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Into The Great Unknown

For nearly four decades now, Hasselblad has supplied camera equipment to the NASA space program. That's no small achievement for a camera that was built to satisfy photographers who have both feet firmly on the ground. 

The demands that were originally made by NASA upon its astronauts are now part of modern mythology. The men who met these demands became legends in their own time. The same can perhaps be said for the cameras these men took with them. NASA and its astronauts wanted a camera of the absolute highest quality, a camera that would work under the most extreme conditions imaginable, a camera that would be able to do justice to the majesty and importance of the images to be captured. Clearly they got what they were looking for. 


The over 40-year collaboration between NASA and Hasselblad is witness to that fact. If Hasselblad’s cameras had not shown “the right stuff”, their presence in space would not have been so long-lived. And now, with the past century and its achievements behind us, we see that some of the most published pictures of our times were taken not on earth, but somewhere in space. Taken with a Hasselblad camera. It is impossible to count how many times pictures of our planet taken from space have been used to illustrate articles on the conditions upon Mother Earth, to advertise a company's international operations, or suggest a global perspective. These images have become part of our common vocabulary. They have enabled us to easily understand the reality of things that were almost undreamt of a few generations earlier. 


And the journey continues. On the 11th of October, 2001, NASA sent the space shuttle Discovery into space. The main aim of the space mission was to transport modules to the permanent 'space station', which will be the base for other journeys to more distant parts of the solar system. As usual, the astronauts used Hasselblad camera equipment for the photographic documentation.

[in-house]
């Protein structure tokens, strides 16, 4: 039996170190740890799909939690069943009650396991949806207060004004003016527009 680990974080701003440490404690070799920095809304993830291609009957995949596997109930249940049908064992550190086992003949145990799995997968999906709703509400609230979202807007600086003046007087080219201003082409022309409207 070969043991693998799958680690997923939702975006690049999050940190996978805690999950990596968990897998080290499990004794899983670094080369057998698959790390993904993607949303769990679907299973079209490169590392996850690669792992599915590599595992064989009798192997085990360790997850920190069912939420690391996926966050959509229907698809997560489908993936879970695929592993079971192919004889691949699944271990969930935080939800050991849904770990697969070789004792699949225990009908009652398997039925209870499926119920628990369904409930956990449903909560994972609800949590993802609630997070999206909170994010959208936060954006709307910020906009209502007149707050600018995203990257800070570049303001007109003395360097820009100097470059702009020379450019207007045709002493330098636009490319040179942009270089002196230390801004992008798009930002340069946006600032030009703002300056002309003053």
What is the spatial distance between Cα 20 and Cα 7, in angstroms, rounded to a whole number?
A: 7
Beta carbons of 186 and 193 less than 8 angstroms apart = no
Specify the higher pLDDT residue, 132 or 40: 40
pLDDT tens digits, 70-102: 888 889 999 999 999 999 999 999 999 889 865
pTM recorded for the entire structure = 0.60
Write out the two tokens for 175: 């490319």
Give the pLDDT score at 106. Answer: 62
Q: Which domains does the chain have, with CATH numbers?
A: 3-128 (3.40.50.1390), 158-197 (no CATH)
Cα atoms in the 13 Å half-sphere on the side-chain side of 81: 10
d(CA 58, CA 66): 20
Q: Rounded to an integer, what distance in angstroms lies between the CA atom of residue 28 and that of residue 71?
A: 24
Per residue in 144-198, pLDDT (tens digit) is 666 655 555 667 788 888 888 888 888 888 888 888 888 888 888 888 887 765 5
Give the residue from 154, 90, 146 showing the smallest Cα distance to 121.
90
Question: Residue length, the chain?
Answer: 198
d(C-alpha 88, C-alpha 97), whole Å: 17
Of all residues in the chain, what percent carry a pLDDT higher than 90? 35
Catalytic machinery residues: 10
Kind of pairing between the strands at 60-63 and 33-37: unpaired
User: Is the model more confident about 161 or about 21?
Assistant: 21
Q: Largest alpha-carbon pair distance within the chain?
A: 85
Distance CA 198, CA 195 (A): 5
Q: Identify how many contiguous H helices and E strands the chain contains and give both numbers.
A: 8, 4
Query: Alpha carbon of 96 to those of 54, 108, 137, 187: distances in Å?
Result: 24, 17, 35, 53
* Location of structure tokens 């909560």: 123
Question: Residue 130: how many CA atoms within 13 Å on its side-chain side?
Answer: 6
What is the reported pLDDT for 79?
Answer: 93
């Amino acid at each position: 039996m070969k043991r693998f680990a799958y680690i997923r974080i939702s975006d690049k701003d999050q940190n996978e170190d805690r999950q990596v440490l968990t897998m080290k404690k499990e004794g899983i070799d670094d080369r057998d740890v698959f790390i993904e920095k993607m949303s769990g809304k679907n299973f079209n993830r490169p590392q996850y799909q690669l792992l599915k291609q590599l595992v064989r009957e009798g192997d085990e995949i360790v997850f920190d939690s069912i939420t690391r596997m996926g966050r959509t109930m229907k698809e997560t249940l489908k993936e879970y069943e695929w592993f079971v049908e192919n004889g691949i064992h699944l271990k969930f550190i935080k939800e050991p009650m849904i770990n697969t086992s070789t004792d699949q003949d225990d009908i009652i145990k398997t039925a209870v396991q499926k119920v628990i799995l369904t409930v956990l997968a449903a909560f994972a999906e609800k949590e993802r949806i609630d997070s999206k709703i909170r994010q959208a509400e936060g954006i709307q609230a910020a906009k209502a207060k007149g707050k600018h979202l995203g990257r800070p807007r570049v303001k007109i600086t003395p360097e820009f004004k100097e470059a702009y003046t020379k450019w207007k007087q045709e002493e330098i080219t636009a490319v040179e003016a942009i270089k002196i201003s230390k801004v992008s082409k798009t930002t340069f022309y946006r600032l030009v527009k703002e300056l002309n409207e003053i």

This mission also introduced a new Hasselblad space camera. This new camera is a focal-plane shutter camera based on the standard 203FE version. It is equipped with a special version of the Winder CW. The film magazines use 70 mm perforated film and are equipped with data imprinting along the edge of the film frame, enabling the recording of time and picture number for each exposure. Since the computers onboard have full control over the position of the shuttle it is fairly easy to identify exactly which spot on the earth the picture was taken over.
Naturally, some of the cameras have been modified to cope with the vacuum conditions outside the spacecraft and there are also special requirements regarding material, lubricants, and reliability. In addition, the electronics of the camera have been modified to meet NASA's special demands for handling and function. The lenses have also been reconstructed for space and the focusing and aperture rings are equipped with large tabs to facilitate handling in the zero gravity, large gloved reality that awaits our space travelers.

And, if history serves as our teacher, it won’t be long until we see the benefit of these “space modifications” on cameras here on earth. 

And now, as Man once again turns his sights into the far reaches of  the universe, as we hear more and more talk of manned missions to Mars, we almost take it for granted that Hasselblad will be there, capturing yet another monumental step for mankind and making it available to all of us below. Preserving history and exploring the future.


And when the time comes, when space travel truly does become common place, perhaps the first tourists to the moon will make a curious discovery. Perhaps they will find one of the dozen or so cameras that were left behind. The astronauts returning with only the valuable film magazines and the cameras´ weight in moon dust. And perhaps these galactic tourists will then turn their own eyes down to the emerald planet, snapping yet another image of our common home with one of the cameras that first brought us the vision to begin with. Who knows? The future, as they say, is a very large place.

Stay tuned.